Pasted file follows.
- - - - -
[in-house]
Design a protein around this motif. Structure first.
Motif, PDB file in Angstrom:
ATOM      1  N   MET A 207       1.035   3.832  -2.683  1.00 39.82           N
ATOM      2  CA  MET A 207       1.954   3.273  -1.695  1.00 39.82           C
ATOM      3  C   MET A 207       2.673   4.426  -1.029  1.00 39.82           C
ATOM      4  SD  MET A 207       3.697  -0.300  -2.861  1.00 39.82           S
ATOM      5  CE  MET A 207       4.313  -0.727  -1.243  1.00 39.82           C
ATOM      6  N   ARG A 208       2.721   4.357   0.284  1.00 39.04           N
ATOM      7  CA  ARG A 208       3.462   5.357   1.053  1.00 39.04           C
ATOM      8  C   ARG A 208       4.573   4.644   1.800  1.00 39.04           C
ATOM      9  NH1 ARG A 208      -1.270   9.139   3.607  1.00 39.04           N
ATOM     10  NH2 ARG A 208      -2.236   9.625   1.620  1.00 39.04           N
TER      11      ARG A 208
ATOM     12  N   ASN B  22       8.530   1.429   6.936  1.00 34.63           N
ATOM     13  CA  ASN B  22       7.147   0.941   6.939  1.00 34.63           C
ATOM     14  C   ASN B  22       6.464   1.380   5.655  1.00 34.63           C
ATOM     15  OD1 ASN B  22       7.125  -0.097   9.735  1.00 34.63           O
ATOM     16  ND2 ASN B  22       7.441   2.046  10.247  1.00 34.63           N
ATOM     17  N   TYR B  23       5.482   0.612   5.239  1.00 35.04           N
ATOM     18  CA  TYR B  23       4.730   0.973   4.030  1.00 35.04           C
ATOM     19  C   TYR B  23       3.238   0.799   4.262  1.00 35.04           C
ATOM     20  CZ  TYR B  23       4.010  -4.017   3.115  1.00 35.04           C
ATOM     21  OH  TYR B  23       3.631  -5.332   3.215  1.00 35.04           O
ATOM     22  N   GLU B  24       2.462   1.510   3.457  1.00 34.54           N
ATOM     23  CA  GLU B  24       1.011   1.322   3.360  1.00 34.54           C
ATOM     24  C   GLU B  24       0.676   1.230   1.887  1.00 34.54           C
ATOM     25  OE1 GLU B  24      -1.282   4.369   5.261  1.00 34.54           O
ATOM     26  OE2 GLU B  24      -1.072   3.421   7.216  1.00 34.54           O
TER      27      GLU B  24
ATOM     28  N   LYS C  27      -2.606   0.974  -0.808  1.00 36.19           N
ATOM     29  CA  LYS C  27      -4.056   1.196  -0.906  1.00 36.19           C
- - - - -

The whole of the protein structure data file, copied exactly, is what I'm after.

[in-house]
Design a protein around this motif. Structure first.
Motif, PDB file in Angstrom:
ATOM      1  N   MET A 207       1.035   3.832  -2.683  1.00 39.82           N
ATOM      2  CA  MET A 207       1.954   3.273  -1.695  1.00 39.82           C
ATOM      3  C   MET A 207       2.673   4.426  -1.029  1.00 39.82           C
ATOM      4  SD  MET A 207       3.697  -0.300  -2.861  1.00 39.82           S
ATOM      5  CE  MET A 207       4.313  -0.727  -1.243  1.00 39.82           C
ATOM      6  N   ARG A 208       2.721   4.357   0.284  1.00 39.04           N
ATOM      7  CA  ARG A 208       3.462   5.357   1.053  1.00 39.04           C
ATOM      8  C   ARG A 208       4.573   4.644   1.800  1.00 39.04           C
ATOM      9  NH1 ARG A 208      -1.270   9.139   3.607  1.00 39.04           N
ATOM     10  NH2 ARG A 208      -2.236   9.625   1.620  1.00 39.04           N
TER      11      ARG A 208
ATOM     12  N   ASN B  22       8.530   1.429   6.936  1.00 34.63           N
ATOM     13  CA  ASN B  22       7.147   0.941   6.939  1.00 34.63           C
ATOM     14  C   ASN B  22       6.464   1.380   5.655  1.00 34.63           C
ATOM     15  OD1 ASN B  22       7.125  -0.097   9.735  1.00 34.63           O
ATOM     16  ND2 ASN B  22       7.441   2.046  10.247  1.00 34.63           N
ATOM     17  N   TYR B  23       5.482   0.612   5.239  1.00 35.04           N
ATOM     18  CA  TYR B  23       4.730   0.973   4.030  1.00 35.04           C
ATOM     19  C   TYR B  23       3.238   0.799   4.262  1.00 35.04           C
ATOM     20  CZ  TYR B  23       4.010  -4.017   3.115  1.00 35.04           C
ATOM     21  OH  TYR B  23       3.631  -5.332   3.215  1.00 35.04           O
ATOM     22  N   GLU B  24       2.462   1.510   3.457  1.00 34.54           N
ATOM     23  CA  GLU B  24       1.011   1.322   3.360  1.00 34.54           C
ATOM     24  C   GLU B  24       0.676   1.230   1.887  1.00 34.54           C
ATOM     25  OE1 GLU B  24      -1.282   4.369   5.261  1.00 34.54           O
ATOM     26  OE2 GLU B  24      -1.072   3.421   7.216  1.00 34.54           O
TER      27      GLU B  24
ATOM     28  N   LYS C  27      -2.606   0.974  -0.808  1.00 36.19           N
ATOM     29  CA  LYS C  27      -4.056   1.196  -0.906  1.00 36.19           C